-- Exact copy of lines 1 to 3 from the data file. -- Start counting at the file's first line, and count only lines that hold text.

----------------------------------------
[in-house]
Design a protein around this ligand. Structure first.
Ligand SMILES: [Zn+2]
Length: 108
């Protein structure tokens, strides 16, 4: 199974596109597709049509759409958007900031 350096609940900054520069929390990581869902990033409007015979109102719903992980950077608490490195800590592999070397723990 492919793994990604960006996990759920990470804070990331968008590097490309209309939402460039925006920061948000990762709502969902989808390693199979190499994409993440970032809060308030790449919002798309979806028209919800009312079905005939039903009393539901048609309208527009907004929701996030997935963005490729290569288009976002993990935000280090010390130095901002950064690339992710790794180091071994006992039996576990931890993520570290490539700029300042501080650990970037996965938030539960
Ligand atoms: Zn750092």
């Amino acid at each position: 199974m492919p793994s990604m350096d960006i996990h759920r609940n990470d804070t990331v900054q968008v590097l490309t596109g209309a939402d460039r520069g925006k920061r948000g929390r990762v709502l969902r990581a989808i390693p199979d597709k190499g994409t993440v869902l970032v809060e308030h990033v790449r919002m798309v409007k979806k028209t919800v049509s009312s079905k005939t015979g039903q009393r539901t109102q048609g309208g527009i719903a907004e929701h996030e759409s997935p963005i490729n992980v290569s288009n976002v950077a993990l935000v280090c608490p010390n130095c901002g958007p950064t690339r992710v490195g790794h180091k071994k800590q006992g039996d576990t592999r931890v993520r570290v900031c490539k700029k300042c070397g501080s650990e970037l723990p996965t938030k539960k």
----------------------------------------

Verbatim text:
[in-house]
Design a protein around this ligand. Structure first.
Ligand SMILES: [Zn+2]